Key issues to be covered:
- Developments of the National Disability Insurance and Injury Scheme and National Injury Insurance Scheme and implications for obstetric practice
- The Coroner's perspective on inquests involving perinatal death
- Lessons learned from the midwifery indemnity model in New Zealand
- Practical and legal implications of the Open Disclosure Standard
- Practical legal measures for when a baby is born with Hypoxic Ischemic Encephalopathy or other unexpected birth outcome
- Managing the Risks inherent in women's choice in obstetric care
- Perinatal Review Process
- Medico-legal risks of female genital mutilation and female elective surgery
- Race-based pregnancy care. Is that good medicine?
- Implications of new genetic technologies on prenatal diagnosis
- Wrongful birth damages - the first detailed damages judgment
- FACILITATED PANEL DISCUSSION: Awful Lessons I have learned by being an expert witness
- PANEL DISCUSSION: Medico-legal risks and ethics of female genital mutilation
The opening address on Day 2 is 'Lessons to be learned from the Home Birth Cases in Vic and SA' - speaker is the coroner Judge Ian Gray. It would seem to me that we need to have midwives who are practising privately in Victoria and South Australia to hear what is said and to respond if appropriate.
I do not wish to suggest that midwives always get it right - there will always be a need for unbiased outside review of serious morbidity and mortality, or unprofessional conduct in professional health care.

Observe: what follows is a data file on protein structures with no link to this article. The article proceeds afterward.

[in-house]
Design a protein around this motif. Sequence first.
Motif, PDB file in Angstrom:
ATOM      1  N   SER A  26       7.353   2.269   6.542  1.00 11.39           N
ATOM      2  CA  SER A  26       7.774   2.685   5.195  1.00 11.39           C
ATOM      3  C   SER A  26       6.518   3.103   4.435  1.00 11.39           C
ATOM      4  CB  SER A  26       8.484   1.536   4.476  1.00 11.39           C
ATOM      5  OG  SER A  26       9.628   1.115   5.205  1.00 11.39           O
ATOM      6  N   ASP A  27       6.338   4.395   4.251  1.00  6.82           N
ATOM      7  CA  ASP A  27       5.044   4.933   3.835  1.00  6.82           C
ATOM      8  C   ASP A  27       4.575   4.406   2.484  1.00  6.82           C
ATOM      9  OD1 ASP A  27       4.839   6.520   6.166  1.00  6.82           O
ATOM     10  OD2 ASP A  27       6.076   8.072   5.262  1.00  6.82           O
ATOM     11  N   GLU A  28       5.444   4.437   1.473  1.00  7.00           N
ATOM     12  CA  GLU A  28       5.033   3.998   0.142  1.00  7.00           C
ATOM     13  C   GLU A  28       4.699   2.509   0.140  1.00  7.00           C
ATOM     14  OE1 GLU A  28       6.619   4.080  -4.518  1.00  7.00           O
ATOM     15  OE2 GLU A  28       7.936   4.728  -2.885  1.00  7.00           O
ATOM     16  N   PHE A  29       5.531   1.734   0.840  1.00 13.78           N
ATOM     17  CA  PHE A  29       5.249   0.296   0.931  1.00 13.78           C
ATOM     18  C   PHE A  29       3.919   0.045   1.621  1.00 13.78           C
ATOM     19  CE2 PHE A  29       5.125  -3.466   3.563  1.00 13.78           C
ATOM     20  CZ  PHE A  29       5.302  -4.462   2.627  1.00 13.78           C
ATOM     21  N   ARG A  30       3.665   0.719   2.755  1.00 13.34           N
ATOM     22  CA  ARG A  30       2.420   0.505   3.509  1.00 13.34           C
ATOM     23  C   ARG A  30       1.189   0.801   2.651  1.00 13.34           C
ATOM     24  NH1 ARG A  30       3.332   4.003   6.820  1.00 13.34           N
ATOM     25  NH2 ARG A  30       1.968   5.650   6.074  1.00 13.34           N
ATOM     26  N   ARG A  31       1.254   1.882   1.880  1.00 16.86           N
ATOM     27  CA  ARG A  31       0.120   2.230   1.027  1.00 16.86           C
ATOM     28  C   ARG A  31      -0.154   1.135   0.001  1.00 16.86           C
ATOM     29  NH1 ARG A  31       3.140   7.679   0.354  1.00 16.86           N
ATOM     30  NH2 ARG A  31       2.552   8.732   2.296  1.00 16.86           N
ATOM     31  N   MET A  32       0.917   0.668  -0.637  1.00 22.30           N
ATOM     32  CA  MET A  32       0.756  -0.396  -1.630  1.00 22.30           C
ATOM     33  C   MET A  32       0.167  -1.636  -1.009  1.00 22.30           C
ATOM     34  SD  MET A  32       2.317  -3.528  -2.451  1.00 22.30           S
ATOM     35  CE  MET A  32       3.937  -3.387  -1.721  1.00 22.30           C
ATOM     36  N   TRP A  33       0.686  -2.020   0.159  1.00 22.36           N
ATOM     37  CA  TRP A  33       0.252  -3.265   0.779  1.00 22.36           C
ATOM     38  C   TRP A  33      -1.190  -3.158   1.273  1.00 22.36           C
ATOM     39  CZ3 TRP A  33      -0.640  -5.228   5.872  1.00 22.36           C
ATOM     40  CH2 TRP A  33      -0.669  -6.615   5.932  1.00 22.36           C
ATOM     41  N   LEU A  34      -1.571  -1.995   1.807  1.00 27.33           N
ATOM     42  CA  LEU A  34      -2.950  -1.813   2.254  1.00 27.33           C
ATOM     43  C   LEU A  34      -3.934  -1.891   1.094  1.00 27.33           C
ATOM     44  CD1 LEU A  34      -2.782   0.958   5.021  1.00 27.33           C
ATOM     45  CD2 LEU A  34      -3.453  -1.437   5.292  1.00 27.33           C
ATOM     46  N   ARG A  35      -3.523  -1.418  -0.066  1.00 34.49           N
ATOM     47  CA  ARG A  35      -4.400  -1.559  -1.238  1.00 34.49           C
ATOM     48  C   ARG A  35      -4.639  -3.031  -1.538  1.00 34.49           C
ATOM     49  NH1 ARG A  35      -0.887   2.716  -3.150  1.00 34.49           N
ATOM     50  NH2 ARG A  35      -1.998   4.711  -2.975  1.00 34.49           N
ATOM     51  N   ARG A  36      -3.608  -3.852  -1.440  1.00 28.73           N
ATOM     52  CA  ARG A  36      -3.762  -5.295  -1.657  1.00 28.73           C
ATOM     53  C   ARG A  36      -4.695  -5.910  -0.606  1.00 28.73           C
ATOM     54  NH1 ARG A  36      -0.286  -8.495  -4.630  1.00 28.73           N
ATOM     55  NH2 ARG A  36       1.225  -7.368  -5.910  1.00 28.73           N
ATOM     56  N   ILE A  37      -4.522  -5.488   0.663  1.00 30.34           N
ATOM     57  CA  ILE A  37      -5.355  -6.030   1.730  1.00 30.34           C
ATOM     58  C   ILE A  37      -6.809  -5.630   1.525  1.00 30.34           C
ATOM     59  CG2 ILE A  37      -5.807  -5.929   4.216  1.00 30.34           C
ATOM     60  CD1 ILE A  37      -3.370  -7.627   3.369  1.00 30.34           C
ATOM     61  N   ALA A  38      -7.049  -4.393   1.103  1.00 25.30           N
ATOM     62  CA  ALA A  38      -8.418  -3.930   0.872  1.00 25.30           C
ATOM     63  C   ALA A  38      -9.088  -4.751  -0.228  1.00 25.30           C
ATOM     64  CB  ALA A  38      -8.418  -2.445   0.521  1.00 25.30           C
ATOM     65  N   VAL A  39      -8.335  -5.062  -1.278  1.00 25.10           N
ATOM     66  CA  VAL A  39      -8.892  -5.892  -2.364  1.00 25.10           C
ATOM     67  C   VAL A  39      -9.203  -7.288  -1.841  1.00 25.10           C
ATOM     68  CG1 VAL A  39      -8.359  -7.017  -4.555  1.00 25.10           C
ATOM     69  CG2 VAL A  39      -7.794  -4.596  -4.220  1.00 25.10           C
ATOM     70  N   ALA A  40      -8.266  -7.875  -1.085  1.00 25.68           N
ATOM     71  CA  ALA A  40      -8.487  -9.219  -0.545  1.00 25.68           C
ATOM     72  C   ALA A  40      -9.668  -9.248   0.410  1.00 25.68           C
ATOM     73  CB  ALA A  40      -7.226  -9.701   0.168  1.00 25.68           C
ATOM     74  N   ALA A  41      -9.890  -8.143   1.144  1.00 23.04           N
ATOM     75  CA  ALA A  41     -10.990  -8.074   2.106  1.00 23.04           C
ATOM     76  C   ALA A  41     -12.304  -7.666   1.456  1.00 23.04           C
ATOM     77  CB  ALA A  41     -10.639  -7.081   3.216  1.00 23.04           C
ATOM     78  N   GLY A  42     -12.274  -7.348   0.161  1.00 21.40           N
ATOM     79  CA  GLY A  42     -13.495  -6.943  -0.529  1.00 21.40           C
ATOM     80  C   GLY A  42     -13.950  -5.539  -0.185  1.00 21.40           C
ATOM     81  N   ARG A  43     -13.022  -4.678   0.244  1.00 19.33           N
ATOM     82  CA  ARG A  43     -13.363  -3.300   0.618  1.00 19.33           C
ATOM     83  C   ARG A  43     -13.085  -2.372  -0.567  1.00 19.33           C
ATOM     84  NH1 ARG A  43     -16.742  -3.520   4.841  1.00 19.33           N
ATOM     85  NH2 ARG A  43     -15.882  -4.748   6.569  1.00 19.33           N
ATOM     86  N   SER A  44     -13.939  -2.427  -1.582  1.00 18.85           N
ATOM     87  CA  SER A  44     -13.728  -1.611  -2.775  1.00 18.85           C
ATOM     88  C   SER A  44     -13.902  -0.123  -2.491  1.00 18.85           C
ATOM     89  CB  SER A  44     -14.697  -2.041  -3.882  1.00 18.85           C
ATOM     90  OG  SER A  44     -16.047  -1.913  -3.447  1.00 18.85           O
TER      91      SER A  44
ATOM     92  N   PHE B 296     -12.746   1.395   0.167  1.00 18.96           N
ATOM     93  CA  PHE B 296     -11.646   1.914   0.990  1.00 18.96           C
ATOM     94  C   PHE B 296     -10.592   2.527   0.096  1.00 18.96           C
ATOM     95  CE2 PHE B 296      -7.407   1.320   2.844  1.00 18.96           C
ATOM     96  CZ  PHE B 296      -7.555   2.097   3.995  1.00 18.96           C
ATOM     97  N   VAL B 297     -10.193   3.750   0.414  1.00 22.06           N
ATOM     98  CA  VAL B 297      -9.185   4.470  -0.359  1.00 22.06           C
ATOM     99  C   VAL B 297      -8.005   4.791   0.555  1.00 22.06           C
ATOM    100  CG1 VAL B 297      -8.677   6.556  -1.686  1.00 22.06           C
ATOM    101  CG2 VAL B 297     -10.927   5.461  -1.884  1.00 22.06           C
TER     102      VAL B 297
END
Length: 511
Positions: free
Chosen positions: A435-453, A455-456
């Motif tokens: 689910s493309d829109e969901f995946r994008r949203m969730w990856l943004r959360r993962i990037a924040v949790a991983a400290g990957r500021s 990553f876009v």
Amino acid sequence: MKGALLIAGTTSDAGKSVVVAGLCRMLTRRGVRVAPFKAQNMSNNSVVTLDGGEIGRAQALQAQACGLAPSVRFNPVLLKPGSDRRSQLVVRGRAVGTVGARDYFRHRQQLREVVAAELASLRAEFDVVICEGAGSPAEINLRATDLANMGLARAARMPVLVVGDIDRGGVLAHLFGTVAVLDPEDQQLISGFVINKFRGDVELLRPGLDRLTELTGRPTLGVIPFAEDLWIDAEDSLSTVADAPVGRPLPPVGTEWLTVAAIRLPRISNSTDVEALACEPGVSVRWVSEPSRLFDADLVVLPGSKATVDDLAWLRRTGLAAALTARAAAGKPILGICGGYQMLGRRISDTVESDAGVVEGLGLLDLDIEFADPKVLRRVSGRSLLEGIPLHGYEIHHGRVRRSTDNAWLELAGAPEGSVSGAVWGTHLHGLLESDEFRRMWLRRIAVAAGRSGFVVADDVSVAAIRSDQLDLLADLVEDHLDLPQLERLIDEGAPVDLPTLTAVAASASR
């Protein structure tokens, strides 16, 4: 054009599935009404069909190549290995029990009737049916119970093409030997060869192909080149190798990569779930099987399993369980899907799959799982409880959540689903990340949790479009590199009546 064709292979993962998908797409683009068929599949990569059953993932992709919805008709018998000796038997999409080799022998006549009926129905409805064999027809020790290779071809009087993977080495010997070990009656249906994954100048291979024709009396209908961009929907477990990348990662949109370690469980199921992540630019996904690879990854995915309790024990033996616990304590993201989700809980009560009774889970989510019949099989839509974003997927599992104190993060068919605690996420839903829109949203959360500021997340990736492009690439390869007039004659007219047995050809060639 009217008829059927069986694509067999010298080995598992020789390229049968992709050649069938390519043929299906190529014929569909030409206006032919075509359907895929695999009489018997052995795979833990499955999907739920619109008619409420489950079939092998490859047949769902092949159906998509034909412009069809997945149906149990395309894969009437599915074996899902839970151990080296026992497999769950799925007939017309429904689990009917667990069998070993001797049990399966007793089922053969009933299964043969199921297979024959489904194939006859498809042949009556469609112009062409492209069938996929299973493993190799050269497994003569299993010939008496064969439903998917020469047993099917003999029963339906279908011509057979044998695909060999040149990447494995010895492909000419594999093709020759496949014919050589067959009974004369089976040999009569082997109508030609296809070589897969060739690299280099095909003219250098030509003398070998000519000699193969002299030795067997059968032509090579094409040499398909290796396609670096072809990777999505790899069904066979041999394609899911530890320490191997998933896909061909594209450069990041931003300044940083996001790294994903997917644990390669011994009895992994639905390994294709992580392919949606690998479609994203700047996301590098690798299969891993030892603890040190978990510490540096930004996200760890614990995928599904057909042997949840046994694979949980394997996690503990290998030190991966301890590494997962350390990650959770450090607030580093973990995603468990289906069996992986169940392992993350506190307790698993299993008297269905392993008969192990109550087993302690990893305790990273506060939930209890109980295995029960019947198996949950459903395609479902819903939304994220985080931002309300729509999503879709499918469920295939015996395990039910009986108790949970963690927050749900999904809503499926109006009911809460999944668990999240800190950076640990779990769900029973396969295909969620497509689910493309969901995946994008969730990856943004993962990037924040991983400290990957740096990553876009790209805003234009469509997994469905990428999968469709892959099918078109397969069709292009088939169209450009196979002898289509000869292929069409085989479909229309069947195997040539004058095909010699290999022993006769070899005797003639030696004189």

Breech birth: consumers, choice and consentBoth women come with a proven track record, in challenging obstetric dominance of women giving birth. See Breech Birth Australia and New Zealand, and the breech fb group, and Maternity Coalition.
- Women with breech presenting babies near term often find themselves with limited birth options. Some change care-providers, hospitals or even travel interstate to access the opportunity to attempt a vaginal breech birth
- This presentation will explore issues around consumer choice and consent in breech birth with a focus on the legal and ethical issues that arise when women are given no option for birth other than planned caesarean section
- How can care-providers and hospitals facilitate care that is both safe and respects women's decision-making autonomy?
Midwives discussing this conference via the Eligible Midwives facebook group have called for recordings of the proceedings to be made available after the conference. I will keep readers informed.
Midwives may apply for financial assistance via Government Scholarships (administered through ACN http://www.acn.edu.au/sites/default/files/nahsss_continuing_professional_development.pdf).